Python | remove() and discard() in Sets

• Difficulty Level : Basic
• Last Updated : 21 Mar, 2023

In this article, we will see how to remove an element in a set, using the discard() and remove() method. We will also learn the difference between the two methods, although both of them produce the same results. Examples:

```Input : set = ([10, 20, 26, 41, 54, 20])
Output : {41, 10, 26, 54}

Input : set = (["ram", "aakash", "kaushik", "anand", "prashant"])
Output : {'ram', 'prashant', 'kaushik', 'anand'}```

Method 1: Use of discard() method

The built-in method, discard() in Python, removes the element from the set only if the element is present in the set. If the element is not present in the set, then no error or exception is raised and the original set is printed. If the element is present in the set:

Python3

 `# Python program to remove random elements of choice``# Function to remove elements using discard()``def` `Remove(sets):``    ``sets.discard(``20``)``    ``print` `(sets)``    ` `# Driver Code``sets ``=` `set``([``10``, ``20``, ``26``, ``41``, ``54``, ``20``])``Remove(sets)`

Output:

`{41, 10, 26, 54}`

The time complexity of this program is O(1) because the discard() method in Python’s built-in set class has a constant time complexity.

The auxiliary space complexity of this program is also O(1) because it only uses a single set object, sets, and a few local variables to execute.

If the element is not present in the set:

Python3

 `# Python program to remove random elements of choice``# Function to remove elements using discard()``def` `Remove(sets):``    ``sets.discard(``21``)``    ``print` `(sets)``    ` `# Driver Code``sets ``=` `set``([``10``, ``20``, ``26``, ``41``, ``54``, ``20``])``Remove(sets)`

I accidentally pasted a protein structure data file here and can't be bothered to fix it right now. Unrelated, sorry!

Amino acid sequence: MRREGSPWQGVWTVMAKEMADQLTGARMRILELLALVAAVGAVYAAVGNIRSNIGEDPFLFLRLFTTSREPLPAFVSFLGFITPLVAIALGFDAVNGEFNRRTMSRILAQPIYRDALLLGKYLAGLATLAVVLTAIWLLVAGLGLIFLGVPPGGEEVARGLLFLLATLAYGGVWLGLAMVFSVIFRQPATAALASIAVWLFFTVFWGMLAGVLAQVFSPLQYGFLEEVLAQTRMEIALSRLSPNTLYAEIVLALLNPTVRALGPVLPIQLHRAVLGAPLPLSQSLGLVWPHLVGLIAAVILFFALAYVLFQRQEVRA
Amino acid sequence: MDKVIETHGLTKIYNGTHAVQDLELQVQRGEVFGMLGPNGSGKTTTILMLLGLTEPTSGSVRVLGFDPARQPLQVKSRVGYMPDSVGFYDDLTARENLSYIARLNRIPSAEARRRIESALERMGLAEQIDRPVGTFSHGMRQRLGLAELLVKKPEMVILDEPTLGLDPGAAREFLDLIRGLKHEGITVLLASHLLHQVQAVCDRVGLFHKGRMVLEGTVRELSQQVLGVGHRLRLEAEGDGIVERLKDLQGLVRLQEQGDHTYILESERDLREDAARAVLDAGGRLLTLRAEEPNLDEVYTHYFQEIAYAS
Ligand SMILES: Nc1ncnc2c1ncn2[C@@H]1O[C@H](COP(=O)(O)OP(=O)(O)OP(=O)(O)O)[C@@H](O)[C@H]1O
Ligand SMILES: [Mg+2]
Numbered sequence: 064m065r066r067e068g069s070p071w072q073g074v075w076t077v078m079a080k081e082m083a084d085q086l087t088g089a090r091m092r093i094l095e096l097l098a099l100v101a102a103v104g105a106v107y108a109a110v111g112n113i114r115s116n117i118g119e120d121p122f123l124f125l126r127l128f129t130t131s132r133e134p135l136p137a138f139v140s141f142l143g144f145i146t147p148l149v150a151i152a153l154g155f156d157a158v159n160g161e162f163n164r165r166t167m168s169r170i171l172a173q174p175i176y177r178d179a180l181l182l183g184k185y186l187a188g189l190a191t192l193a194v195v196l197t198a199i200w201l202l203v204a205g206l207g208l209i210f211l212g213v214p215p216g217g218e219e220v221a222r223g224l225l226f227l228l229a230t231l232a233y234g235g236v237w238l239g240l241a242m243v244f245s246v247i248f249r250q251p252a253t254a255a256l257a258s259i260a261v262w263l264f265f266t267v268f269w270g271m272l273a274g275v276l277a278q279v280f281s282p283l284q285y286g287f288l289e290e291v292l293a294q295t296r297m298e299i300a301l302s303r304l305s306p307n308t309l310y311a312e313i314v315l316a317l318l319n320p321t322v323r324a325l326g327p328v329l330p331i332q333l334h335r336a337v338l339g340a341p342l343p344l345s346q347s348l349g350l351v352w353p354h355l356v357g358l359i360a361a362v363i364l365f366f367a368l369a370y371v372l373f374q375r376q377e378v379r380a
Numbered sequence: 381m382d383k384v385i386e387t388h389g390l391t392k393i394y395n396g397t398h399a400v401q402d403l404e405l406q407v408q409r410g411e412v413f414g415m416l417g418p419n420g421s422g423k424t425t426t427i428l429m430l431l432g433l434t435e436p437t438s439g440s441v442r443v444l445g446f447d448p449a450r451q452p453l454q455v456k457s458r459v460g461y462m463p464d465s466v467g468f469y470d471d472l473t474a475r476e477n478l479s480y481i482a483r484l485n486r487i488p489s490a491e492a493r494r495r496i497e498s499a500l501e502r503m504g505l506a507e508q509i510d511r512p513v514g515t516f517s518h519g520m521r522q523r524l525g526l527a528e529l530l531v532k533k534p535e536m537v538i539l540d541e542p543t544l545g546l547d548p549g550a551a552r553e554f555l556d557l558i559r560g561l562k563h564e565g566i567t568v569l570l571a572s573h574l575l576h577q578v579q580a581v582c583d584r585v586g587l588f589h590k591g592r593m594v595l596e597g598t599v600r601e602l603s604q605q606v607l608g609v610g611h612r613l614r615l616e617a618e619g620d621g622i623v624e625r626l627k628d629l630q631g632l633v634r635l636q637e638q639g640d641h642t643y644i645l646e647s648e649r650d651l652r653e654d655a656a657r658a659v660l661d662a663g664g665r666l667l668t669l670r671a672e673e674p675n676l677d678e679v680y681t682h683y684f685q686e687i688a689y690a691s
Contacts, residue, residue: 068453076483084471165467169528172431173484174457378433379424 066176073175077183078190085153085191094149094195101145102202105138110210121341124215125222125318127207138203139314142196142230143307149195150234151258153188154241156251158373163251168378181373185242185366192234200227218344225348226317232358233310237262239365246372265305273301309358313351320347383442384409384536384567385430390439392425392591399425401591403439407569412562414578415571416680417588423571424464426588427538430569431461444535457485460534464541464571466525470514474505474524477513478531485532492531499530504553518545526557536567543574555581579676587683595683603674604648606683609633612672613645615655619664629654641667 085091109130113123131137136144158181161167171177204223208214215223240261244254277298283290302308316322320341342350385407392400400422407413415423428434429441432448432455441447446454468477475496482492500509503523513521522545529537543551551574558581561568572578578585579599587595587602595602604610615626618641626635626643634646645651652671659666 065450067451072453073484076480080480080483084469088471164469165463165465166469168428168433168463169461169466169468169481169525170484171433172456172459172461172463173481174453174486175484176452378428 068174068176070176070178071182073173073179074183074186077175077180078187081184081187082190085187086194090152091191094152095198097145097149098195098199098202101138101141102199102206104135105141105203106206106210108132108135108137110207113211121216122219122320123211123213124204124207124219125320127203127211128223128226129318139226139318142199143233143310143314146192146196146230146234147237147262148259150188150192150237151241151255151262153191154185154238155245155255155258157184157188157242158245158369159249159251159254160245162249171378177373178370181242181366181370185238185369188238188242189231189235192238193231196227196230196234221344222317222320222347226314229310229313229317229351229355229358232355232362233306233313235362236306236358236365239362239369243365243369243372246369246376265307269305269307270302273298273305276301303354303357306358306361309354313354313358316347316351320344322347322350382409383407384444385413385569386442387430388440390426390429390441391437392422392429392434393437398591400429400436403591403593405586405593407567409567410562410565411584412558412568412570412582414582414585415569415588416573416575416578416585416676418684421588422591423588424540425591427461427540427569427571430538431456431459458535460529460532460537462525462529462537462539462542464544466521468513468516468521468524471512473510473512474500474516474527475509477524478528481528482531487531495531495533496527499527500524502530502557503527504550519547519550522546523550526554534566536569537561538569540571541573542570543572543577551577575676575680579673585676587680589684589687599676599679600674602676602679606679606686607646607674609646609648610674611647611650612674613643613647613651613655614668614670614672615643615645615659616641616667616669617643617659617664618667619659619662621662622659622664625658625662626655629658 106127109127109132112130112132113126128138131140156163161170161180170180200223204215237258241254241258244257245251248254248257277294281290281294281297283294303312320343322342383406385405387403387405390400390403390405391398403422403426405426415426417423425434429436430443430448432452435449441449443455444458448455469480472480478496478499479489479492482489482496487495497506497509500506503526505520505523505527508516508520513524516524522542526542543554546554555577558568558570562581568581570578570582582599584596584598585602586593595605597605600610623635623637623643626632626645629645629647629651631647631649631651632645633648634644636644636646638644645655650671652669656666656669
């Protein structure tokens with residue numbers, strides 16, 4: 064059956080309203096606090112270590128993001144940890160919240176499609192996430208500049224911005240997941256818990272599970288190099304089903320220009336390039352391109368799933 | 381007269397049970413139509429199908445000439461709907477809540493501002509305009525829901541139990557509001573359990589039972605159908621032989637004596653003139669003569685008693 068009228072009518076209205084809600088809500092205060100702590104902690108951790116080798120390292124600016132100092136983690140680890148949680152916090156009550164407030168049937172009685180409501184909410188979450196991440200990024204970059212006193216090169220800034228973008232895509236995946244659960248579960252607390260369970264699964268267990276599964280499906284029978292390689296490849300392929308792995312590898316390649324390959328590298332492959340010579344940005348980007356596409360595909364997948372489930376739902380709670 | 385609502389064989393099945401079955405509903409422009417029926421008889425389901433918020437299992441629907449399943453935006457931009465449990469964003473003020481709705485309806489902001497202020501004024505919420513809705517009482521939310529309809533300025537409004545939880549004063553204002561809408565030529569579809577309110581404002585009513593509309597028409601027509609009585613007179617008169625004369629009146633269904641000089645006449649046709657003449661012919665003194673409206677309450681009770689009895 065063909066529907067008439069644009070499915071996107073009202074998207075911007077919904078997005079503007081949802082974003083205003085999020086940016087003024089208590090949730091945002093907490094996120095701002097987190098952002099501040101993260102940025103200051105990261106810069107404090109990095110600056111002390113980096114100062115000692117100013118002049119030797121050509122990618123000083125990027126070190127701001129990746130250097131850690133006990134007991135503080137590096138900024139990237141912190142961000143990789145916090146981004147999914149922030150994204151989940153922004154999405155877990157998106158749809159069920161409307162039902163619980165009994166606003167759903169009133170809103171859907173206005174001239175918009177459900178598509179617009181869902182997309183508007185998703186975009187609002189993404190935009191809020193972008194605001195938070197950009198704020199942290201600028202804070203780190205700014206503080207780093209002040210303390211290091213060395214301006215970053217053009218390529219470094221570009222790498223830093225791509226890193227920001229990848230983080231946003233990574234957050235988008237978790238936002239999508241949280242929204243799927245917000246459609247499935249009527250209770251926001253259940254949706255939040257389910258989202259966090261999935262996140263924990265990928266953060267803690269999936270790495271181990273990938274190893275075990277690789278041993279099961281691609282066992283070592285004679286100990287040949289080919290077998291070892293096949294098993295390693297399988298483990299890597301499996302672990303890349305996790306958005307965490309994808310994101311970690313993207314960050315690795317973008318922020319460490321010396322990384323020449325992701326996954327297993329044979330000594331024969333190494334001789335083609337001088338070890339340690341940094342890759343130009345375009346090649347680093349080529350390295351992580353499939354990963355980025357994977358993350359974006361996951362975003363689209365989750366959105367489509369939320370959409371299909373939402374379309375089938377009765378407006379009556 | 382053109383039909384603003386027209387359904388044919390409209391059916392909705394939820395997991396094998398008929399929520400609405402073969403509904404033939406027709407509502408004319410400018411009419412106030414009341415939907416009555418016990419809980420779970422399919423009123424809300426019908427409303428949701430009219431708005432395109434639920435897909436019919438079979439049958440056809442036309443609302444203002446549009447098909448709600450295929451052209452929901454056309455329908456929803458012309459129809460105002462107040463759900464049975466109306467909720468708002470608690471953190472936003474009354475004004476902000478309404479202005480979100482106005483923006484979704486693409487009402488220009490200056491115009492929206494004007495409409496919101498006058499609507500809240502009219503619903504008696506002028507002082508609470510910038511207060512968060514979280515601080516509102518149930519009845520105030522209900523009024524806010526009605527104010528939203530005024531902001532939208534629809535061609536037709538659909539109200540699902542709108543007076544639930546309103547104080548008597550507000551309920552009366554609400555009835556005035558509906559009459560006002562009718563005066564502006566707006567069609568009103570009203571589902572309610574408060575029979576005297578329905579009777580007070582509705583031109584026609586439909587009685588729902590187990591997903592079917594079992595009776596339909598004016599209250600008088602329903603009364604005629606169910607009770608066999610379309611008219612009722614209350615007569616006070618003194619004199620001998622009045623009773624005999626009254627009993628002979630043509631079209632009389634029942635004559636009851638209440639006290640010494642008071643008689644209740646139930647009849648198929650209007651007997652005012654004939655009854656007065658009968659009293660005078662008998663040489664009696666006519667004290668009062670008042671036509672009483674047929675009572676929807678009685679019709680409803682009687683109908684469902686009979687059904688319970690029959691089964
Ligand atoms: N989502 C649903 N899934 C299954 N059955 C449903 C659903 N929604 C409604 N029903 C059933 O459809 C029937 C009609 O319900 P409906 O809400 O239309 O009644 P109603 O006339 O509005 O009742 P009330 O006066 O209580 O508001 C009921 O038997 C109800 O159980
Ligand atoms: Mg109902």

Output:

`{41, 10, 26, 20, 54}`

The time complexity of this program is O(1) since the discard() method of set in Python has an average time complexity of O(1).

The auxiliary space used by this program is also O(1) because it only uses a constant amount of extra space to hold the input set and a constant value passed to the discard() method.

Method 2: Use of remove() method

The built-in method, remove() in Python, removes the element from the set only if the element is present in the set, just as the discard() method does but If the element is not present in the set, then an error or exception is raised. If the element is present in the set:

Python3

 `# Python program to remove random elements of choice``# Function to remove elements using remove()``def` `Remove(sets):``    ``sets.remove("aakash")``    ``print` `(sets)``    ` `# Driver Code``sets ``=` `set``(["ram", "aakash", "kaushik", "anand", "prashant"])``Remove(sets)`

Output:

`{'ram', 'anand', 'prashant', 'kaushik'}`

Time complexity: O(1) for the removal operation, O(n) for printing the resulting set where n is the number of remaining elements in the set.
Auxiliary space: O(1) since the function only modifies the given set in place and does not create any additional data structures.

If the element is not present in the set:

Python3

 `# Python program to remove random elements of choice``# Function to remove elements using remove()``def` `Remove(sets):``    ``sets.remove("gaurav")``    ``print` `(sets)``    ` `# Driver Code``sets ``=` `set``(["ram", "aakash", "kaushik", "anand", "prashant"])``Remove(sets)`

Output:

`No Output`

Error:

```Traceback (most recent call last):